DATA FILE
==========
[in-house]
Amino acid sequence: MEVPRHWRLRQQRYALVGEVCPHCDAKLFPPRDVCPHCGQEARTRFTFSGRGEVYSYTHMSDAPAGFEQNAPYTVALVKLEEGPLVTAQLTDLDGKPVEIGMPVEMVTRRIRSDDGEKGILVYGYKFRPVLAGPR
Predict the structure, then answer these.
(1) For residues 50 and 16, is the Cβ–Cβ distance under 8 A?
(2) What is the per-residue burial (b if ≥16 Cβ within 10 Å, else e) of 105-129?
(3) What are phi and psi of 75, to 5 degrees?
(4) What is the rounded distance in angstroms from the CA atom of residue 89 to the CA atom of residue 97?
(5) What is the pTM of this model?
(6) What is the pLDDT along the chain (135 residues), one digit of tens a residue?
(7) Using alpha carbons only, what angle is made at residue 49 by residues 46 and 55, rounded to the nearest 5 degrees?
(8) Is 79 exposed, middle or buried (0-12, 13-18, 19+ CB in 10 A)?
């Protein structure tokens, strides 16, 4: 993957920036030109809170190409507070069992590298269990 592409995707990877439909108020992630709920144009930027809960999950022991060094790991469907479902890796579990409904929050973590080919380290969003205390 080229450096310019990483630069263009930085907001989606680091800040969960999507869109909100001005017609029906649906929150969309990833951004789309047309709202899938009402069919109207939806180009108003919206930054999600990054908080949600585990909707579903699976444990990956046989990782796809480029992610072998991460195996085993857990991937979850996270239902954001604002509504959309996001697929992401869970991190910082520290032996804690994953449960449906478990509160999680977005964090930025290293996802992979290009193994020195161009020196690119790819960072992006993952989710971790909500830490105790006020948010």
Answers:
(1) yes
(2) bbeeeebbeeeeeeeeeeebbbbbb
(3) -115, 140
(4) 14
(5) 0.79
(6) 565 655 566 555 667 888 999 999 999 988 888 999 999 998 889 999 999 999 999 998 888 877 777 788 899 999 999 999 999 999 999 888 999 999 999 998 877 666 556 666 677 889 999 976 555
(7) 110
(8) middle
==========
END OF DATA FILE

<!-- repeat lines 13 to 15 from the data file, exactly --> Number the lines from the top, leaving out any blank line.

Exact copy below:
Answers:
(1) yes
(2) bbeeeebbeeeeeeeeeeebbbbbb